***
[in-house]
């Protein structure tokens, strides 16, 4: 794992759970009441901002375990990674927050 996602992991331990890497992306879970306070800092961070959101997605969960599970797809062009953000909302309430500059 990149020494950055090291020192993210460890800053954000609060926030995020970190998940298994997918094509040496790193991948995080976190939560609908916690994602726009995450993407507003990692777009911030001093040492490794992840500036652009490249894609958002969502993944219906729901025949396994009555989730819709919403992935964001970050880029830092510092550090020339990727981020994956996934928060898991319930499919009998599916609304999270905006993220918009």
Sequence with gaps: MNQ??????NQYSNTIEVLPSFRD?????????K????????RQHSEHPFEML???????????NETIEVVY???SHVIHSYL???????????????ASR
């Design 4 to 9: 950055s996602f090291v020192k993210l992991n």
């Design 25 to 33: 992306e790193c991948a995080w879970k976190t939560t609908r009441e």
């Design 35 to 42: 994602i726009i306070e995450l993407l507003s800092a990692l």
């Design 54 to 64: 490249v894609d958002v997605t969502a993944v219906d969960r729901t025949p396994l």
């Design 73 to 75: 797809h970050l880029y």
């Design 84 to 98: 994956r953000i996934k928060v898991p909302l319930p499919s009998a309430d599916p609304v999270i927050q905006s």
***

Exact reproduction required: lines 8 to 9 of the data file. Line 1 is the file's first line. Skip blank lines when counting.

């Design 73 to 75: 797809h970050l880029y």
């Design 84 to 98: 994956r953000i996934k928060v898991p909302l319930p499919s009998a309430d599916p609304v999270i927050q905006s």